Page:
Rereading The Empire Trilogy

Rereading the Empire Trilogy: Servant of the Empire, Part 17

Welcome back to the reread of Servant of the Empire by Raymond E Feist and Janny Wurts! This is the one where we vote Ruling Lords off the island. With swords and polite conversation! Yar!

Chapter 19—Warlord

SUMMARY: The night of bloody swords is not yet over. The Acoma apartment is attacked four more times during the night by soldiers in anonymous black armour. The fighting is relentless, with little time to pause or rest in between the waves of violence.

Mara and the two Lords who are her guests are all still alive, but they have lost many men. Those who are fighting are at the absolute end of their strength. Blood and dead bodies lie all around the apartment, and still the attackers come.

Kevin is desperate and exhausted, after fighting all night to keep his mistress safe. They have lost hope, but still cling on. Just as they are close to being overwhelmed by yet another assault, a trumpet heralds the arrival of the Emperor and the Imperial Whites in the palace.

With Imperial troops in the corridors, order is restored. Mara is summoned to an official council the next day along with all the other Ruling Lords.

Let’s hope she gets a chance to have a shower first.

After hours of primping, scrubbing, and hardcore body disposal, the House of Acoma are ready to show their face in public. When a glammed-up Mara arrives at the council chamber, however, she is prevented from entering as council members are only allowed one warrior each.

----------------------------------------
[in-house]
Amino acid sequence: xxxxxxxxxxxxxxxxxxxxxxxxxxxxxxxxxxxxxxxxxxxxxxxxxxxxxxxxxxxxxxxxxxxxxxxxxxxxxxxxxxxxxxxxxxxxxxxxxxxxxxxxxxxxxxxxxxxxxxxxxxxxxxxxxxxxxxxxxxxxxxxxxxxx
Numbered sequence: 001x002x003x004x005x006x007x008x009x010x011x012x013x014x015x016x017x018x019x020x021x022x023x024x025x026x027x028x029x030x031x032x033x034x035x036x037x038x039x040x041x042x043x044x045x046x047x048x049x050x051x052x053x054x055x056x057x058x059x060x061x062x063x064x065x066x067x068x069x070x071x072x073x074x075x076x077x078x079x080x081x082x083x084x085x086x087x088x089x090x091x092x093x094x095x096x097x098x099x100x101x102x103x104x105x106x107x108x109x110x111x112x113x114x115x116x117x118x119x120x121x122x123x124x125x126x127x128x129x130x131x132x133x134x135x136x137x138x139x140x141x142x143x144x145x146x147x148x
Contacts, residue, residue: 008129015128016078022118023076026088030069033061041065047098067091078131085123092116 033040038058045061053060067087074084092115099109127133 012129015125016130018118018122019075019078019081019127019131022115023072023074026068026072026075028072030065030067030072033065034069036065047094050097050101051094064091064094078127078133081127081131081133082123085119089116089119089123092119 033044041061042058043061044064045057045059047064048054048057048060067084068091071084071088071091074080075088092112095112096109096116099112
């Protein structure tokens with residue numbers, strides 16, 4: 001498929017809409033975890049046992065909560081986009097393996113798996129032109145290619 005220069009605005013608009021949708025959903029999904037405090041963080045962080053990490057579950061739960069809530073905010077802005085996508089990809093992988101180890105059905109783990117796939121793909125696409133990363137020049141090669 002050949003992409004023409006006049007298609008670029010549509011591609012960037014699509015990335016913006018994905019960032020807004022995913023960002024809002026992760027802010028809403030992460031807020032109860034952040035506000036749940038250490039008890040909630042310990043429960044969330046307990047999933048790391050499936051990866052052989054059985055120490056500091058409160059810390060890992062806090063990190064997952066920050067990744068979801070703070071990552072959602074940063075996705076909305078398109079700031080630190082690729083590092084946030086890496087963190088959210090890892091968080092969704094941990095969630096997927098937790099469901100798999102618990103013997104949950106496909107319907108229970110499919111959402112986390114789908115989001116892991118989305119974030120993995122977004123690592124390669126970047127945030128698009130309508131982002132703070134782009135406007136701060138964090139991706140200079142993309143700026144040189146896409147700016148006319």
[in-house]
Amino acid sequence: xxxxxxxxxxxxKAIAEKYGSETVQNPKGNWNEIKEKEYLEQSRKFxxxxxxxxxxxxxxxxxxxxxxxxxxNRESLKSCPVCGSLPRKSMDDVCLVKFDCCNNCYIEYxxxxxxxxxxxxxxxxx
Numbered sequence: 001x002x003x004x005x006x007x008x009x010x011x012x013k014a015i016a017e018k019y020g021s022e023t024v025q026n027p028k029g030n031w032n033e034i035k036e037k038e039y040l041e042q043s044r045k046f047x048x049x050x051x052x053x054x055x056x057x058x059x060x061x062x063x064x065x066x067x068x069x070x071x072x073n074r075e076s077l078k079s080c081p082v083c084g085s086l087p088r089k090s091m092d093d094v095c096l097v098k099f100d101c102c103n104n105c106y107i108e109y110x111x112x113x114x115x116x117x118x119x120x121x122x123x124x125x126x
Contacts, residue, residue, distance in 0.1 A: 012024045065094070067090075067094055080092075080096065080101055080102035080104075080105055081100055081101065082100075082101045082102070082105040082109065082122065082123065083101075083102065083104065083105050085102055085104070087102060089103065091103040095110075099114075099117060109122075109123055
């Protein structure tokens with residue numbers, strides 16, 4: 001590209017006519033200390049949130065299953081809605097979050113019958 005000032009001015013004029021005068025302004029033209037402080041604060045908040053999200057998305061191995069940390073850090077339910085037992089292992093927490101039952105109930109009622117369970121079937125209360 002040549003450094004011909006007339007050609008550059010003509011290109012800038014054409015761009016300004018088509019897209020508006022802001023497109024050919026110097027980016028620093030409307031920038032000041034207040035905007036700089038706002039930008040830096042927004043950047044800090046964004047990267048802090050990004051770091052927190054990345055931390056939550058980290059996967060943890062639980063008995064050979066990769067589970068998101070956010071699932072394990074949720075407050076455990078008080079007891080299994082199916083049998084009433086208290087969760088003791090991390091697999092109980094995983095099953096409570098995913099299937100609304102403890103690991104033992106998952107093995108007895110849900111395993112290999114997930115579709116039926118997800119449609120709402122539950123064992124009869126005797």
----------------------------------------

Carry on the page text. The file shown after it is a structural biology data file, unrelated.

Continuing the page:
She decides to send Lujan back to rest, keeping Arakasi with her, but arguing for Kevin to remain as her body slave. She knows that if things get desperate, Kevin can fight with Arakasi’s sword—but otherwise, she needs counsel more than protection today.

Also, Lujan needs a nap like you wouldn’t believe.

The council chambers are somewhat depleted. Five Lords from the Omechan clan are missing, and it is clear which one has made it to the top—the former Warlord’s nephew Axantucar is now the Lord of the Oaxatucan.

Axantucar and Tasaio are clearly the two primary candidates for Warlord now. Their immediate supporters make this clear, approaching them to acknowledge their votes, while those who are officially undecided, including Mara, hang back.

Arakasi and Kevin expect Mara to throw her support behind Axantucar immediately, but instead she goes to speak with Hoppara of the Xacatecas. Arakasi is sure this is a ploy, given Hoppara’s age, but many follow Mara’s lead, including Hoppara in their ritual of quiet greetings. Some voters go back and forth between candidates, others return multiple times to emphasise their support.

It’s so handy having Kevin here which means all the locals have to explain the customs to him!

Mara visits Hoppara three times. The votes are now roughly even between the three candidates but only three quarters or so of the Lords have declared an interest. It’s anyone’s game.

As evening draws in, Mara and Hoppara rise and take all their support over to Axantucar.

BURN, MINWANABI!

Furious, Tasaio announces that Axantucar is the clear choice for new Warlord. Kevin is confused by this uncharacteristically classy move on Tasaio’s part, but Mara explains that it’s tradition for the losing candidate to do so.

The Tsurani are so mean to each other.